"In verbo veritatis" (2 Cor 6:7)

November 7, 2010

“The redemption of our bodies”

Filed under: Homilies — komonchak @ 8:10 am

Thirty-second Sunday in Ordinary Time – November 7, 2010 – St. John’s 

We have just heard in the Gospel an example of how arguments about religious questions were carried on at the time of Jesus. The party of Jews called Sadducees accepted only the Torah, the first five books of the Old Testament, and, not finding anything in them that indicated the belief, they denied the resurrection of the body. In addition, they offered an argument from Jewish law about marriage that they thought would refute their chief opponents on the matter, the Pharisees, who believed in an afterlife that was more or less the same kind of life that we enjoy here below–or don’t enjoy: one rabbi said that in the Kingdom women would give birth everyday!

The reply of Jesus avoids the trap set by the argument with the statement that in the new age, since no one will die any more, there will be no need for marriage and reproduction; all will be “children of the resurrection,” as he puts it. But then he offers his own argument from the Torah for the resurrection. To Moses God revealed himself as the God of the patriarchs, of Abraham, Isaac, and Jacob. If God is the God of the living, not of the dead, then the patriarchs must be alive, and therefore there must be a resurrection.

This argument has been misunderstood by many to be a proof simply of an afterlife, of the immortality of the soul. But the debate into which Jesus inserted himself was not about the soul’s life after death, but about the resurrection of the body. If Abraham, Isaac and Jacob are to be alive to God, then more than the continued existence of the soul is necessary because, as St. Thomas Aquinas put it very precisely: “Abraham’s soul is not Abraham himself.” We human beings are incarnate, enfleshed spirits; the body is integral to our existence as men and women. The body is not a prison, nor is it like an automobile which we drive around in for a while but which without loss to ourselves we abandon when it gets old and its parts wear out. We are our bodies also, not just “souls” briefly in exile in this flesh. That is why death is an evil: it dissolves our being, what God created and created good: this body-soul unity that is our distinctive human being. Aquinas also put this neatly: “My soul is not me,” he said, and for the integrity of human fulfilment, my body must also share in the joys of the Kingdom, and whatever joy those who have died already enjoy includes the confidence and expectation that they one day will be “children of the resurrection”.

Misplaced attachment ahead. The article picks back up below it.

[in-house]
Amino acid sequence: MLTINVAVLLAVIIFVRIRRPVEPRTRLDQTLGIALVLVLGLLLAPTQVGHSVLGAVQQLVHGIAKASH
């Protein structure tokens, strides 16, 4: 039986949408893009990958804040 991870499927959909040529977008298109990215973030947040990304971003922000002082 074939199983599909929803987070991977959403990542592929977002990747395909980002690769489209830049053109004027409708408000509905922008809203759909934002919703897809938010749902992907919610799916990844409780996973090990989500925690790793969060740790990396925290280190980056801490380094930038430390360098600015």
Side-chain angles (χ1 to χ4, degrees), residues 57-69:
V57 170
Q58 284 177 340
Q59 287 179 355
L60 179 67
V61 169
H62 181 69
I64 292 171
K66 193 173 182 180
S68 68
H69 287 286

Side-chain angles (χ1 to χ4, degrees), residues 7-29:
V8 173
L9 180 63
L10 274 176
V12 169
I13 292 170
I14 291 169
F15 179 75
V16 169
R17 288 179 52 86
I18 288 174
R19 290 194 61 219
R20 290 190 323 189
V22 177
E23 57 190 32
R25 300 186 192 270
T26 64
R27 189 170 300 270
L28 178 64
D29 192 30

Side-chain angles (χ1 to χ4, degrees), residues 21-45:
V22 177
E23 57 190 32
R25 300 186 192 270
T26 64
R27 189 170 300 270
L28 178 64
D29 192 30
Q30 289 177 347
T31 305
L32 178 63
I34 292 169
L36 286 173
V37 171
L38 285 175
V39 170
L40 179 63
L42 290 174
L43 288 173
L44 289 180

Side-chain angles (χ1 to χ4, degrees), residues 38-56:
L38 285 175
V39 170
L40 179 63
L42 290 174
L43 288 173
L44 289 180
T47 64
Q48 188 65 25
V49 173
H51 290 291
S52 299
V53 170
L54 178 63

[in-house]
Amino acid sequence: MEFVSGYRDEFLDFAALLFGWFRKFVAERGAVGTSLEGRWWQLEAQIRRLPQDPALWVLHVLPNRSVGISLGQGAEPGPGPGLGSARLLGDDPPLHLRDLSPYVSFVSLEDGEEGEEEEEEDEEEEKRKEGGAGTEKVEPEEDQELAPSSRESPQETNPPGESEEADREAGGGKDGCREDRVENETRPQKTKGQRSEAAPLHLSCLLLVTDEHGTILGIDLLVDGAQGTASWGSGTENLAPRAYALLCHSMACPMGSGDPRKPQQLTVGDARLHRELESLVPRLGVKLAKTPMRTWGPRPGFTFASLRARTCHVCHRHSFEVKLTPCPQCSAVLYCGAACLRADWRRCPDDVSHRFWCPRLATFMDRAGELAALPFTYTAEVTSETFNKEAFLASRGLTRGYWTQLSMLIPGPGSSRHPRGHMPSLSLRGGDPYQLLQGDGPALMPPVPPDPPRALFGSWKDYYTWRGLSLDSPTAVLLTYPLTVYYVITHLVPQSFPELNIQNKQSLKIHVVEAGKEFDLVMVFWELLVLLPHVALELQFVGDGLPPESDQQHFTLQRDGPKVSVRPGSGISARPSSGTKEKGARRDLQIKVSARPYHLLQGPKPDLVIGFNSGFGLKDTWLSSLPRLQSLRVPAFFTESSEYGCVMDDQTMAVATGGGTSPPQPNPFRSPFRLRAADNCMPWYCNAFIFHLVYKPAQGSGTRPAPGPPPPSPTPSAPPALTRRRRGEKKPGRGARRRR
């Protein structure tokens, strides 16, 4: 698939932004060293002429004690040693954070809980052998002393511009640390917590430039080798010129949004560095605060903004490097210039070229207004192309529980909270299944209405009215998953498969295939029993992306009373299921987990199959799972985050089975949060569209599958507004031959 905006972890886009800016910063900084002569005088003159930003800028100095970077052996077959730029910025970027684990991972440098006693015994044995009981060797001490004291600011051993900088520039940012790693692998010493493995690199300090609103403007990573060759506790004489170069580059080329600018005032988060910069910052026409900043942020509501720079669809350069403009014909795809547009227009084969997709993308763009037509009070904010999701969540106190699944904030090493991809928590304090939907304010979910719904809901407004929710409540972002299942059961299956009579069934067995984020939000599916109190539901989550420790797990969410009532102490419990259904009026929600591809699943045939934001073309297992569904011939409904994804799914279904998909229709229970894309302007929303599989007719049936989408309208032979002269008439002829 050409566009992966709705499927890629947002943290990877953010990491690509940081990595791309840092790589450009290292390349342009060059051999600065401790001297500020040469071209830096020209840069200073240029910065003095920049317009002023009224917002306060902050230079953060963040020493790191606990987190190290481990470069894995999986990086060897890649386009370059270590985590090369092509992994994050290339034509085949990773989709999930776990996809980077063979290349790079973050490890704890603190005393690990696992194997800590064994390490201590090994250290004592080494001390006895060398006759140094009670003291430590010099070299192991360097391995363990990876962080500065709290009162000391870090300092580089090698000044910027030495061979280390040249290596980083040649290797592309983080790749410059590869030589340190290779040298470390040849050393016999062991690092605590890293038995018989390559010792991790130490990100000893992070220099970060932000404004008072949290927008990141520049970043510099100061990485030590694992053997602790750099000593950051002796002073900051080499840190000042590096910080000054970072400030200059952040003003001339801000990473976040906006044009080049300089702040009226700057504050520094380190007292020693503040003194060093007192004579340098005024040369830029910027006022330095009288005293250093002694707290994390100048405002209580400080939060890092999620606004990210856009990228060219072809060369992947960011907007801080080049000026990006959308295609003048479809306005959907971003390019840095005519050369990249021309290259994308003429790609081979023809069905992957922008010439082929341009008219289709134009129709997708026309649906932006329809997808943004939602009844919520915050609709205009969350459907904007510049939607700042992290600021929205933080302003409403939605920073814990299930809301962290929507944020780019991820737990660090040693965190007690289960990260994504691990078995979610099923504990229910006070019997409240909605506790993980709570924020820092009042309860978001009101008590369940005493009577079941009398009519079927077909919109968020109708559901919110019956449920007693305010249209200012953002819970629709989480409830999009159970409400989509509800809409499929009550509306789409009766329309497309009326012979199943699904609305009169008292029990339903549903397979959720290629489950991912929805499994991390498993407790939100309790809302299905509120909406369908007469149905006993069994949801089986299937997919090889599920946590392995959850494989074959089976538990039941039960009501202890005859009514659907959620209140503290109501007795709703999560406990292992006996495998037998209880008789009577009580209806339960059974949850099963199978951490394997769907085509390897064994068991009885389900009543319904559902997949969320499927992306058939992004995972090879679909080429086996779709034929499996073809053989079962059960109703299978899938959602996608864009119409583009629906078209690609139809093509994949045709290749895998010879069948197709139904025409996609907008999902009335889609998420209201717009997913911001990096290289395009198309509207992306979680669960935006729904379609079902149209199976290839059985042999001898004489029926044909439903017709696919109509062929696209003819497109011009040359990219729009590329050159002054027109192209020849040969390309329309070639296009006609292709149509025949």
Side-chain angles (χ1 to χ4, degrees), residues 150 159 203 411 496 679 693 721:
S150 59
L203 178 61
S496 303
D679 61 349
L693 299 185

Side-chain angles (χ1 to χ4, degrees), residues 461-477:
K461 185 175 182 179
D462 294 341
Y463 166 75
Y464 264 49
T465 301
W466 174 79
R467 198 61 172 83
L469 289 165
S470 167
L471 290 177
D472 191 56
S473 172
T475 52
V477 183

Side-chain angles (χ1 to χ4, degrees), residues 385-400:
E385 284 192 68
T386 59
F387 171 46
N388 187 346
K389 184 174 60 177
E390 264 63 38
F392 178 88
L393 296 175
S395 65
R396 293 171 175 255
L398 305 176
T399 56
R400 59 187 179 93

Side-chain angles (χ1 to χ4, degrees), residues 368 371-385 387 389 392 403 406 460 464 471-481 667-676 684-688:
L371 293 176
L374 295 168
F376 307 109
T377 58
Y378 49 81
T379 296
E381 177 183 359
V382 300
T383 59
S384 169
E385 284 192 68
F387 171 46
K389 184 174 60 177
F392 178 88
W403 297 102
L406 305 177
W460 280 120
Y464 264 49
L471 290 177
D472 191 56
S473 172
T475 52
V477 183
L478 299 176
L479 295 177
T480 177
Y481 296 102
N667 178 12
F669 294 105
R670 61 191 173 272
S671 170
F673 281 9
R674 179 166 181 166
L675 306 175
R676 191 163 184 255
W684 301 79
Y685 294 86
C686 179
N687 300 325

We assert this at the end of our Creed, of course, when we say: “We look for the resurrection of the dead, and the life of the world to come.” It is an important element in the Christian vision of things. It means that the end of all things is like the beginning of all things. The creation account in the first chapter of the Bible repeatedly says that all that God has made is good: this whole physical cosmos, from atoms to galaxies, and all things living, including human beings formed from the earth with God’s spirit breathing them into conscious life–all that God has made, all of it, is good, indeed very good. And correspondingly we await a new age, a second creation, a new heaven and earth, and in that new and final age we also await the restoration of our integrity as human beings, what St. Paul called “the redemption of our bodies” (Rm 9:23).

Our bodies, then, are holy things, created good by God and destined for life in him. Which ought to lead us to have a real care for them, take proper care of our health, for example, avoiding foods and drugs that abuse them. This respect for our bodies should also include respect and care for this physical universe in which we live our lives, which we once could take for granted, but which we recognize now is more fragile than we had thought. We do not live human lives except in our bodies; we do not live these bodily lives except on this good earth, and we need to learn to appreciate and care for it as God’s good creation, which one day will be included in the final peace for which God created it, and us.

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